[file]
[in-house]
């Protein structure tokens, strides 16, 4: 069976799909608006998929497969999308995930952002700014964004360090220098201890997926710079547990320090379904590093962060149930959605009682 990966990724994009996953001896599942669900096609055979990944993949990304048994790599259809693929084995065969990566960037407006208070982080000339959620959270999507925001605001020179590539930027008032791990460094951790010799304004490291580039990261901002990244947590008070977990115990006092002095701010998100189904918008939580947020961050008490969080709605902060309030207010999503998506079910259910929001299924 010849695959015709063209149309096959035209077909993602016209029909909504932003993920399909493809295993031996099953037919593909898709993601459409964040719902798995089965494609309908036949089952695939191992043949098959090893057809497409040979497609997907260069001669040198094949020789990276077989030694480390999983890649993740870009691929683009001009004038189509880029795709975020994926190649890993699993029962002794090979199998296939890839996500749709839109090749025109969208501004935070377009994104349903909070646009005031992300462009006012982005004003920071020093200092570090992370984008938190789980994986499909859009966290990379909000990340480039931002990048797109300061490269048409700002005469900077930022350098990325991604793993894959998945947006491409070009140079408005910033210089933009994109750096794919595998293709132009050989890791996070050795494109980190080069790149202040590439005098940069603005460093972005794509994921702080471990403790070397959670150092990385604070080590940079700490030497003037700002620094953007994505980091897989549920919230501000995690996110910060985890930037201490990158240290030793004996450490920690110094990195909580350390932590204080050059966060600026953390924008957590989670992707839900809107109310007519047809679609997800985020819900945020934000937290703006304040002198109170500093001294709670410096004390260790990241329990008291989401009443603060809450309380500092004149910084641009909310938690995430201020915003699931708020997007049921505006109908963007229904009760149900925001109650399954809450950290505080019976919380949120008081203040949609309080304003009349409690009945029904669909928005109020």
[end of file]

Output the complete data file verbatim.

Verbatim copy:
[in-house]
């Protein structure tokens, strides 16, 4: 069976799909608006998929497969999308995930952002700014964004360090220098201890997926710079547990320090379904590093962060149930959605009682 990966990724994009996953001896599942669900096609055979990944993949990304048994790599259809693929084995065969990566960037407006208070982080000339959620959270999507925001605001020179590539930027008032791990460094951790010799304004490291580039990261901002990244947590008070977990115990006092002095701010998100189904918008939580947020961050008490969080709605902060309030207010999503998506079910259910929001299924 010849695959015709063209149309096959035209077909993602016209029909909504932003993920399909493809295993031996099953037919593909898709993601459409964040719902798995089965494609309908036949089952695939191992043949098959090893057809497409040979497609997907260069001669040198094949020789990276077989030694480390999983890649993740870009691929683009001009004038189509880029795709975020994926190649890993699993029962002794090979199998296939890839996500749709839109090749025109969208501004935070377009994104349903909070646009005031992300462009006012982005004003920071020093200092570090992370984008938190789980994986499909859009966290990379909000990340480039931002990048797109300061490269048409700002005469900077930022350098990325991604793993894959998945947006491409070009140079408005910033210089933009994109750096794919595998293709132009050989890791996070050795494109980190080069790149202040590439005098940069603005460093972005794509994921702080471990403790070397959670150092990385604070080590940079700490030497003037700002620094953007994505980091897989549920919230501000995690996110910060985890930037201490990158240290030793004996450490920690110094990195909580350390932590204080050059966060600026953390924008957590989670992707839900809107109310007519047809679609997800985020819900945020934000937290703006304040002198109170500093001294709670410096004390260790990241329990008291989401009443603060809450309380500092004149910084641009909310938690995430201020915003699931708020997007049921505006109908963007229904009760149900925001109650399954809450950290505080019976919380949120008081203040949609309080304003009349409690009945029904669909928005109020």